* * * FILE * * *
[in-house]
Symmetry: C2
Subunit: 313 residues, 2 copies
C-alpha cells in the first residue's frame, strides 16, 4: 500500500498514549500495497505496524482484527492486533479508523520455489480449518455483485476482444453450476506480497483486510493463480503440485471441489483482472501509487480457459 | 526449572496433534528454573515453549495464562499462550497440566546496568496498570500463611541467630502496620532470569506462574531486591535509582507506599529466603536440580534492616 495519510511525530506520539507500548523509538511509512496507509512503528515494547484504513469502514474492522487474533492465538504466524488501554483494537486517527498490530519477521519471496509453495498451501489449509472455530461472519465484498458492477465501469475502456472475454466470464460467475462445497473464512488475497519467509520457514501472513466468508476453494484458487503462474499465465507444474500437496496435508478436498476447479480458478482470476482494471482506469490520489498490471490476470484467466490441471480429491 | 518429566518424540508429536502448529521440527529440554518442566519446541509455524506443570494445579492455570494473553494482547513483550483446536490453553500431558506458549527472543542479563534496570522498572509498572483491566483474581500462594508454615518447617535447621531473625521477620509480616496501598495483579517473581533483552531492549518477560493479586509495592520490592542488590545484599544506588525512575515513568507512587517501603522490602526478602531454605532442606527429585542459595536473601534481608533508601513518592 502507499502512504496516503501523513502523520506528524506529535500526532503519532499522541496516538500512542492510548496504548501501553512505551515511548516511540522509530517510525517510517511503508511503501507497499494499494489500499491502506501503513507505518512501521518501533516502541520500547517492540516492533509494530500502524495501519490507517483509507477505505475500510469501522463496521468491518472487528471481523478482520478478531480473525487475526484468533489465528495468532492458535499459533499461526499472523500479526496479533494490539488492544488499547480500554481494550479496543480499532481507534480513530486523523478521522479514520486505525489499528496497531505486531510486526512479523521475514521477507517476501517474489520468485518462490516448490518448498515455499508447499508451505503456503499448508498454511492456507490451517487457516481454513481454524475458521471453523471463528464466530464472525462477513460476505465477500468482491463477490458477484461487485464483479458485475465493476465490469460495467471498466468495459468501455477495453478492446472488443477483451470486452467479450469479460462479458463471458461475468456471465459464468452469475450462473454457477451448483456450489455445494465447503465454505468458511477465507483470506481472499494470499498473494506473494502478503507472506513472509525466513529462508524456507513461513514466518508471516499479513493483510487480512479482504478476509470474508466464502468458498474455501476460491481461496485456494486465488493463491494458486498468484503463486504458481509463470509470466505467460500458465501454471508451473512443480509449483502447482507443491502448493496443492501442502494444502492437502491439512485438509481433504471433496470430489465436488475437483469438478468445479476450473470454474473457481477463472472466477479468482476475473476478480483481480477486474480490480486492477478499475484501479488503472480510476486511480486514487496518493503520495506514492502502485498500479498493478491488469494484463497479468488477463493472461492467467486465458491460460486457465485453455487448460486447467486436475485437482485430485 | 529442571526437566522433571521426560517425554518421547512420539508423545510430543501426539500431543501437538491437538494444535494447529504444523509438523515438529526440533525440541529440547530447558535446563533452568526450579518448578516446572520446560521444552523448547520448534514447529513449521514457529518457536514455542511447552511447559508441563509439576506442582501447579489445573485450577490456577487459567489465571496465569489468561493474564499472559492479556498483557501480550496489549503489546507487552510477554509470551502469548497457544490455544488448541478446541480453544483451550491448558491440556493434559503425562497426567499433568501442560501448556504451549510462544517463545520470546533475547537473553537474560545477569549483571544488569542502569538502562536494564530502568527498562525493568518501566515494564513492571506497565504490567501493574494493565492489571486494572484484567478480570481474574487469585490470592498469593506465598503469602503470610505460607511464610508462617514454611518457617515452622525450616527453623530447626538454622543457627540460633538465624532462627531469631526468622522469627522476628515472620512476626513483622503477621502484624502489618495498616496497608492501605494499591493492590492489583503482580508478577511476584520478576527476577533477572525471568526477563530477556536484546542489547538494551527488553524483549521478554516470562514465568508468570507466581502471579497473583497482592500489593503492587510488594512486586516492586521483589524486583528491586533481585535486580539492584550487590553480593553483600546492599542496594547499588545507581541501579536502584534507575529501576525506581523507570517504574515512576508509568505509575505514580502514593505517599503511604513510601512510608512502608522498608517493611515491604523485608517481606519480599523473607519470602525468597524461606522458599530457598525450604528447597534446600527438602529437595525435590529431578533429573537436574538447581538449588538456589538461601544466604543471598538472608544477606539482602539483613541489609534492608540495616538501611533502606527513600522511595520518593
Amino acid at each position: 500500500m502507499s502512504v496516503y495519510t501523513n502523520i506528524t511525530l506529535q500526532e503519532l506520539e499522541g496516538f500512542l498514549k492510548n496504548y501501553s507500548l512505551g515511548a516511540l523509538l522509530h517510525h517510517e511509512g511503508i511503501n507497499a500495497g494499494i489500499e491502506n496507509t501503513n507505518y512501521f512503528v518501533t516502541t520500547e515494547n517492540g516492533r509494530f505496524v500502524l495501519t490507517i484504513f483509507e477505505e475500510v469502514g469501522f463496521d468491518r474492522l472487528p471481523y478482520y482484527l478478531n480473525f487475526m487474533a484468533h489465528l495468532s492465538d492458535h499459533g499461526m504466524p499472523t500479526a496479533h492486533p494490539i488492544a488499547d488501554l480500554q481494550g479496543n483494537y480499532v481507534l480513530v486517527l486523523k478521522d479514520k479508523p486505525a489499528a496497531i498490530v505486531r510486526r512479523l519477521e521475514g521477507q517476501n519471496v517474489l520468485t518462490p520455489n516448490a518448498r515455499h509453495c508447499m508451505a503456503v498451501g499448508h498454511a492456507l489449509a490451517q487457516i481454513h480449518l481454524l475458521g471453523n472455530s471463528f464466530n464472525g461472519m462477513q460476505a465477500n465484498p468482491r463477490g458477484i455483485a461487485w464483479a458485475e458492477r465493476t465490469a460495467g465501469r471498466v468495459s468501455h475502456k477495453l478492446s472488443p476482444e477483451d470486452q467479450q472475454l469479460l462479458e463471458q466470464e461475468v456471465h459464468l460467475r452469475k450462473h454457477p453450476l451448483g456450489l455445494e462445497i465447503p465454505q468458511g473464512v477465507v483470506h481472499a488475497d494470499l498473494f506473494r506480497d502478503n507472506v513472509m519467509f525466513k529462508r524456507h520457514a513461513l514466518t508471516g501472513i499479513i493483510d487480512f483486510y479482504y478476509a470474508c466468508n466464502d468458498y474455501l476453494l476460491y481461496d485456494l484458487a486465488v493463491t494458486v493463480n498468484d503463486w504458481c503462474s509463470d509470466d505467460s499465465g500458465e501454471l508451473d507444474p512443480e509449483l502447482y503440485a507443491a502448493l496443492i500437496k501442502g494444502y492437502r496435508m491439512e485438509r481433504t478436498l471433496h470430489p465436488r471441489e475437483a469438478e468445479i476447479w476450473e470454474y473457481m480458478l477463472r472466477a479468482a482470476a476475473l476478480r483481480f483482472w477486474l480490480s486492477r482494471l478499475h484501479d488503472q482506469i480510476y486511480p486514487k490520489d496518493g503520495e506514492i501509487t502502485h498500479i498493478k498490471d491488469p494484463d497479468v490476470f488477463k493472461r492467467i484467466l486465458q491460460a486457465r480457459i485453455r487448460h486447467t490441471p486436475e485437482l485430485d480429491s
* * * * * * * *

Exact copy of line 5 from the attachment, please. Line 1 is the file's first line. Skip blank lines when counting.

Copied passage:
Amino acid at each position: 500500500m502507499s502512504v496516503y495519510t501523513n502523520i506528524t511525530l506529535q500526532e503519532l506520539e499522541g496516538f500512542l498514549k492510548n496504548y501501553s507500548l512505551g515511548a516511540l523509538l522509530h517510525h517510517e511509512g511503508i511503501n507497499a500495497g494499494i489500499e491502506n496507509t501503513n507505518y512501521f512503528v518501533t516502541t520500547e515494547n517492540g516492533r509494530f505496524v500502524l495501519t490507517i484504513f483509507e477505505e475500510v469502514g469501522f463496521d468491518r474492522l472487528p471481523y478482520y482484527l478478531n480473525f487475526m487474533a484468533h489465528l495468532s492465538d492458535h499459533g499461526m504466524p499472523t500479526a496479533h492486533p494490539i488492544a488499547d488501554l480500554q481494550g479496543n483494537y480499532v481507534l480513530v486517527l486523523k478521522d479514520k479508523p486505525a489499528a496497531i498490530v505486531r510486526r512479523l519477521e521475514g521477507q517476501n519471496v517474489l520468485t518462490p520455489n516448490a518448498r515455499h509453495c508447499m508451505a503456503v498451501g499448508h498454511a492456507l489449509a490451517q487457516i481454513h480449518l481454524l475458521g471453523n472455530s471463528f464466530n464472525g461472519m462477513q460476505a465477500n465484498p468482491r463477490g458477484i455483485a461487485w464483479a458485475e458492477r465493476t465490469a460495467g465501469r471498466v468495459s468501455h475502456k477495453l478492446s472488443p476482444e477483451d470486452q467479450q472475454l469479460l462479458e463471458q466470464e461475468v456471465h459464468l460467475r452469475k450462473h454457477p453450476l451448483g456450489l455445494e462445497i465447503p465454505q468458511g473464512v477465507v483470506h481472499a488475497d494470499l498473494f506473494r506480497d502478503n507472506v513472509m519467509f525466513k529462508r524456507h520457514a513461513l514466518t508471516g501472513i499479513i493483510d487480512f483486510y479482504y478476509a470474508c466468508n466464502d468458498y474455501l476453494l476460491y481461496d485456494l484458487a486465488v493463491t494458486v493463480n498468484d503463486w504458481c503462474s509463470d509470466d505467460s499465465g500458465e501454471l508451473d507444474p512443480e509449483l502447482y503440485a507443491a502448493l496443492i500437496k501442502g494444502y492437502r496435508m491439512e485438509r481433504t478436498l471433496h470430489p465436488r471441489e475437483a469438478e468445479i476447479w476450473e470454474y473457481m480458478l477463472r472466477a479468482a482470476a476475473l476478480r483481480f483482472w477486474l480490480s486492477r482494471l478499475h484501479d488503472q482506469i480510476y486511480p486514487k490520489d496518493g503520495e506514492i501509487t502502485h498500479i498493478k498490471d491488469p494484463d497479468v490476470f488477463k493472461r492467467i484467466l486465458q491460460a486457465r480457459i485453455r487448460h486447467t490441471p486436475e485437482l485430485d480429491s